SteamOS first impressions

Being the casual gamer and general geek that I am, I’m currently planning to build a living room PC, primarily for gaming. My current conundrum is, will it be running Ubuntu with Steam installed, or will it be running SteamOS? This week Valve released SteamOS for download, so I popped it on a spare hard drive to take my first steps in answering this question. Here’s how I got on…

The current version of the Debian-based SteamOS is only recommended for “intrepid Linux hackers”, mainly due to the install process, and they’re not wrong. One option uses Clonezilla to copy a pre-built system image onto your hard drive, which while simple enough requires a spare 1TB hard drive laying around, unless you want to completely overwrite your current system. The second option is to use the installer which is based on Debian’s own installer, followed by some manual post-install steps. The installer gives you the option to do an “Automatic” install (use whatever hard drive it finds and default settings) or “Expert” (letting you choose custom configuration options). I went with Automatic, although I unplugged my main hard drive first as I didn’t want my Ubuntu install getting overwritten.

Once the initial install completes, you need to log in as the “steam” user (an unprivileged account that just runs Steam and your games) to get Steam set up, pre-configured to launch in Big Picture mode. You then need to switch to the “desktop” user (a regular user capable of running commands as root) to run a script which installs drivers, does some configuration and then reboots to Clonezilla, which will capture an image of your configured system to a recovery partition.

This process all went reasonably smoothly for me, except that the Steam icon in the Applications menu didn’t seem to do anything. I had to poke around in a terminal to find the Steam binary and run it manually.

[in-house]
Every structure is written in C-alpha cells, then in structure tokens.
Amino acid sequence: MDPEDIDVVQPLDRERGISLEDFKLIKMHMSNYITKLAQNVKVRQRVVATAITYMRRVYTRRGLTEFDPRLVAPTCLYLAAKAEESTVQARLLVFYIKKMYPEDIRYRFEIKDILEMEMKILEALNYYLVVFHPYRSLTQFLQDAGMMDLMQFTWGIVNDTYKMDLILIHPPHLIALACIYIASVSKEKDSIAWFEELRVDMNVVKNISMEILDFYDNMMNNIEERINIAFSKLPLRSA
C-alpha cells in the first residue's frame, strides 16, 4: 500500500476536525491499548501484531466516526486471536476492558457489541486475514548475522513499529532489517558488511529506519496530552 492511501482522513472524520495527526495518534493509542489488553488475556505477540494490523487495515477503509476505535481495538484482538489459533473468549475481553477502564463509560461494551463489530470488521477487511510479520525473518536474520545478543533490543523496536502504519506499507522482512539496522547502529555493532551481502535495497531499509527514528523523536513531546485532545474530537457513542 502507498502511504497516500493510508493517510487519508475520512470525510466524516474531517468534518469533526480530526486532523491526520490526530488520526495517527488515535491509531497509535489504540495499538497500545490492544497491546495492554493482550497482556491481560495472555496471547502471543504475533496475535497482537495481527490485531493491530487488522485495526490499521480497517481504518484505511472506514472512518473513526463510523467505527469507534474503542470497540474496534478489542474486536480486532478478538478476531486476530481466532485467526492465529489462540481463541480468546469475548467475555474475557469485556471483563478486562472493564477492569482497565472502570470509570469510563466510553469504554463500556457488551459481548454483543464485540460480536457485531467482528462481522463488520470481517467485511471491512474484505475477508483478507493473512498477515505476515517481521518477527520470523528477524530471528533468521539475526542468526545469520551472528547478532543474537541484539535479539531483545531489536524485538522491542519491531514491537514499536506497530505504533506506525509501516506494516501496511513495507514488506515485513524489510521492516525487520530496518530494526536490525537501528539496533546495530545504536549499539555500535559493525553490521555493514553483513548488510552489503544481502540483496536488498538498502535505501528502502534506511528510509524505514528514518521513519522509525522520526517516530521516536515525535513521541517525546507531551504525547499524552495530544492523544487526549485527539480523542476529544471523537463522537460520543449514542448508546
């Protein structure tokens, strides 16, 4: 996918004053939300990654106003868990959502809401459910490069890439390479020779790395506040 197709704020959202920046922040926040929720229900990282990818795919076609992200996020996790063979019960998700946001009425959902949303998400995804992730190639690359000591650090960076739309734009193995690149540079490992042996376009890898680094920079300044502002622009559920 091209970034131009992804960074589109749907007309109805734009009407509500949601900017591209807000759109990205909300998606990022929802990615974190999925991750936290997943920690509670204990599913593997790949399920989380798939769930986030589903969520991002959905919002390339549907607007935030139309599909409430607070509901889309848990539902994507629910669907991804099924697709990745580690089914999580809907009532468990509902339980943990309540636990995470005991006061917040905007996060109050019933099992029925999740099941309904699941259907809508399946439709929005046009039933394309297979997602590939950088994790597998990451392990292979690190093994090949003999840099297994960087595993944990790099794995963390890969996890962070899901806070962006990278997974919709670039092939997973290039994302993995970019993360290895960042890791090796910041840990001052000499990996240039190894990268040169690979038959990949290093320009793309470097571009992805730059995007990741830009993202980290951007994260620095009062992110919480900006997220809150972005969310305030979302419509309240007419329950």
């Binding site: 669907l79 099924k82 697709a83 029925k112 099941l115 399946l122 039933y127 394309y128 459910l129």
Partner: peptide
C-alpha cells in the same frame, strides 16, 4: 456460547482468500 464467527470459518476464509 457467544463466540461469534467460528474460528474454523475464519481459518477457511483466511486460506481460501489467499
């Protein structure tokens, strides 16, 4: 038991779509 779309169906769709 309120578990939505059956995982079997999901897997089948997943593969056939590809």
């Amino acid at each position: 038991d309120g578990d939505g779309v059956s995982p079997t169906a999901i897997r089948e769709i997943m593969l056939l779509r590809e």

Once this is all done, your system boots directly into Steam in Big Picture Mode, asks you for some configuration and lets you log in to your Steam account. From here it’s basically your standard Steam experience. I plugged in my Gamecube controller via USB and set up a mapping in Steam’s utility, and was able to download an play games with it no problem.

Far from being a locked-down appliance, SteamOS has the option to allow you to access the regular Gnome Shell desktop which is stock with Debian Wheezy. This option can be enabled in Steam’s preferences then accessed via the “Exit” menu. The way this actually works is by having 2 user sessions, one for Steam and one for the desktop, with a button for each to switch to the other. Once in the desktop, you can do whatever you’d normally do on a Linux system, with the caveat that APT is configured by default to use Steam’s own package repository, not Debian’s.

One slight niggle I had was the lack of display settings provided by Steam. I was able to access the normal Display utility on the desktop user, but these settings didn’t transfer over to the steam user. This meant that Steam ran in mirrored-screen mode on my dual-head system, and I’m not sure what resolution it was using. That said, in a more typical situation it’ll be plugged into a single TV, and PC games tend to have their own resolution settings, so this will be less of a problem.

All in all, SteamOS gives a nice experience once set up, but if you’re not an OS geek it’s probably best to wait until you can buy a box with it already set up for you. I’m no closer to deciding what my living room PC will be running, but from my first impressions SteamOS is a definite contender.

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